736 Building Owner, L.L.C., et al v. Regions Bank
UNPUBLISHED OPINION FILED. [16-60492 Affirmed] Judge: CES, Judge: EBC, Judge: LHS. Mandate pull date is 05/09/2017 [16-60492]
Date Filed: 04/18/2017
IN THE UNITED STATES COURT OF APPEALS
FOR THE FIFTH CIRCUIT
United States Court of Appeals
April 18, 2017
Lyle W. Cayce
736 BUILDING OWNER, L.L.C.; CYTEC SOFTWARE SYSTEMS,
INCORPORATED; OSCAR DE LEON, Individually,
Plaintiffs - Appellants
Defendant - Appellee
Appeal from the United States District Court
for the Southern District of Mississippi
USDC No. 3:14-CV-222
Before STEWART, Chief Judge, and CLEMENT and SOUTHWICK, Circuit
This action is before us based on diversity jurisdiction.
Appellants allege Regions Bank (“Regions”) breached a building development
loan and its duty of good faith and fair dealing when it refused to make
Pursuant to 5TH CIR. R. 47.5, the court has determined that this opinion should not
be published and is not precedent except under the limited circumstances set forth in 5TH
CIR. R. 47.5.4.
Date Filed: 04/18/2017
additional advances on a line of credit. The district court granted summary
judgment in favor of Regions. We AFFIRM.
I. FACTUAL HISTORY
In July 2008, 736 Building Owner, L.L.C. (“Owner”) executed a
promissory note and loan contract (“Deed of Trust”) with Regions for $2.1
million. The Deed of Trust was to fund the renovation of a building located at
736 South President Street, Jackson, Mississippi (the “Property”). Oscar De
Leon, then a member of Owner, guaranteed the loan.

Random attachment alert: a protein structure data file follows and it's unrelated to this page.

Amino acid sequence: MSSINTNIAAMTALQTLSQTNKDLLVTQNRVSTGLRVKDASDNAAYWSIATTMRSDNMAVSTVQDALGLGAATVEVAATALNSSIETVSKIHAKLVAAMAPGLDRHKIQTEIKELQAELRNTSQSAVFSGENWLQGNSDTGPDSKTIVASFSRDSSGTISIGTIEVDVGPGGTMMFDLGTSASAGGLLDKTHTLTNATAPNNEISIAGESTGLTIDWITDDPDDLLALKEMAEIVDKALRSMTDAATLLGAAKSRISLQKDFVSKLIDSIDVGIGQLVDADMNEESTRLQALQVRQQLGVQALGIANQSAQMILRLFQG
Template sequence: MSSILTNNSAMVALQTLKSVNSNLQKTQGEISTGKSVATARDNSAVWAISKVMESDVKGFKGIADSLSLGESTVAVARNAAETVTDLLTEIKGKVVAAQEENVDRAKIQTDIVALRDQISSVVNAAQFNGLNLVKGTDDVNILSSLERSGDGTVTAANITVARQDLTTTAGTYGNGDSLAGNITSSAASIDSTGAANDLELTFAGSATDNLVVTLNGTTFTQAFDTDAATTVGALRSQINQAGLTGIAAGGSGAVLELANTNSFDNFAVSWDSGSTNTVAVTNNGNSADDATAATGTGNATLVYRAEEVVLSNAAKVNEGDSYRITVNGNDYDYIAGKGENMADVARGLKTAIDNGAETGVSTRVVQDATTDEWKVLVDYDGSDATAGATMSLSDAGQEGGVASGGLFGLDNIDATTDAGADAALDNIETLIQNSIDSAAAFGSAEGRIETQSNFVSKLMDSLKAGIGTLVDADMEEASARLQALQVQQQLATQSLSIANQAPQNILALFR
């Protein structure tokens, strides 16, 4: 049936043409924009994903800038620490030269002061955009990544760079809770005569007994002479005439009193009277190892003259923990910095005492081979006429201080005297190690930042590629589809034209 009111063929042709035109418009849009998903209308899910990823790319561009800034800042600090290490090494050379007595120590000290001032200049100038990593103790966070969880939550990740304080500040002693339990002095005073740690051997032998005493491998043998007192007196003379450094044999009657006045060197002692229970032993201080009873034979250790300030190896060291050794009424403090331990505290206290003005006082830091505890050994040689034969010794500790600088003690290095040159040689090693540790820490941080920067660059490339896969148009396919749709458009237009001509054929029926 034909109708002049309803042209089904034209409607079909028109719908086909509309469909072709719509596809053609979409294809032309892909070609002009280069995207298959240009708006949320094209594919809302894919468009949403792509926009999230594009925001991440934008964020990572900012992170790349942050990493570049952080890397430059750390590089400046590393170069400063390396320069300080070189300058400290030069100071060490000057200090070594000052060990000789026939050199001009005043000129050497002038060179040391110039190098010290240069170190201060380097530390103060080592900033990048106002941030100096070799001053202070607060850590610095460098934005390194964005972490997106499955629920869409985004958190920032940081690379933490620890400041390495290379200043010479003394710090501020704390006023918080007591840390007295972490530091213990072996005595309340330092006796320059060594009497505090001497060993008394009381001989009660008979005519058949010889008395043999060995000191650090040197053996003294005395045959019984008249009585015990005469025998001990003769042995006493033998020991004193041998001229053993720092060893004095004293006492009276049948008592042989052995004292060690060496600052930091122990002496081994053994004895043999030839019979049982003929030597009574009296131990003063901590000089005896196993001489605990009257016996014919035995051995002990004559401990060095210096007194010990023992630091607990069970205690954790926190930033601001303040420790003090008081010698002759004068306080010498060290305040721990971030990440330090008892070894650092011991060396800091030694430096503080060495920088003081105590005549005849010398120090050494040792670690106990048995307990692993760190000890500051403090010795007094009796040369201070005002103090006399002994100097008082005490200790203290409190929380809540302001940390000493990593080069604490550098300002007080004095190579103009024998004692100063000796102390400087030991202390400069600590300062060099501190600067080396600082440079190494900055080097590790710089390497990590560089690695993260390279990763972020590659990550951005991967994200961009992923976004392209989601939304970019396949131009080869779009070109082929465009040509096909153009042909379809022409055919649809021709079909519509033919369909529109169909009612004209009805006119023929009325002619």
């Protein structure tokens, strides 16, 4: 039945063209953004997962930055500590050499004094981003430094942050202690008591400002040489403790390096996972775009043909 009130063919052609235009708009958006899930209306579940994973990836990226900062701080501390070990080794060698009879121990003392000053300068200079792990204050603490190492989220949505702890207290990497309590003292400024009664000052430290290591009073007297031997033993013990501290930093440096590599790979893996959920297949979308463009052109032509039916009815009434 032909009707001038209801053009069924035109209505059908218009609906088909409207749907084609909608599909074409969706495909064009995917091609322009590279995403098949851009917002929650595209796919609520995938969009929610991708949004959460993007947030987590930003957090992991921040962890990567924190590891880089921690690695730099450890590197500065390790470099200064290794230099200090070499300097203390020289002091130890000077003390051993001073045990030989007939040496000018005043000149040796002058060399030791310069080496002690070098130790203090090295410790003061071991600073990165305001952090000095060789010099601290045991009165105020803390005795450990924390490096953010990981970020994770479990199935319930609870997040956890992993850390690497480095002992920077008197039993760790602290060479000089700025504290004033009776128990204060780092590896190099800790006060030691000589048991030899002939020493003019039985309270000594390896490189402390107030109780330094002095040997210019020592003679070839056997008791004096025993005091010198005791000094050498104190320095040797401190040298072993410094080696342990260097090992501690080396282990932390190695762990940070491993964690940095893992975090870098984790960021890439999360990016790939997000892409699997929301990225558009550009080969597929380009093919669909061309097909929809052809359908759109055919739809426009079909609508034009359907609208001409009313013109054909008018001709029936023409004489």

The Property, an
assignment of rents, and certain assets of Cytec Software Systems, Inc.
(“Cytec”) secured the loan. Cytec’s assets were in accounts managed by Morgan
The renovation proved more costly than anticipated. By March 2009,
Owner had nearly exhausted its line of credit with Regions. Regions initially
declined to increase Owner’s line of credit, so Owner sought additional funding
from other lenders. During Owner’s search for new lenders, Regions granted
De Leon permission to draw down Cytec’s accounts to pay for some, but not all,
renovations on the Property. After Owner secured a federal historic tax credit
funding commitment letter from Carlisle 2010 Historic Tax Credit Fund II
Limited Partnership (“Carlisle”), Regions agreed to increase its loan
commitment to $2.4 million in June 2010.
The parties entered into the
modified loan agreement (the “Modified Deed of Trust”) in October 2010.
The Modified Deed of Trust stated that “[Regions’] obligation to make
the Initial Advance and each subsequent Advance under this Agreement shall
be subject to the fulfillment to [Regions’] satisfaction of all of the conditions set
forth in this Agreement and in the Related Documents.” It further provided
that Regions “shall have no obligation to make Loan Advances or to disburse
Loan proceeds if: (A) Borrower or any Guarantor is in default under the terms
of this Agreement or any of the Related Documents.” Except as otherwise
Date Filed: 04/18/2017
stated, the Modified Deed of Trust incorporated all terms of the original Deed
of Trust. The original Deed of Trust required Owner to “pay when due (and in
all events prior to delinquency) all taxes . . . levied against or on account of the
It was not until February 2011 that Owner requested a draw under the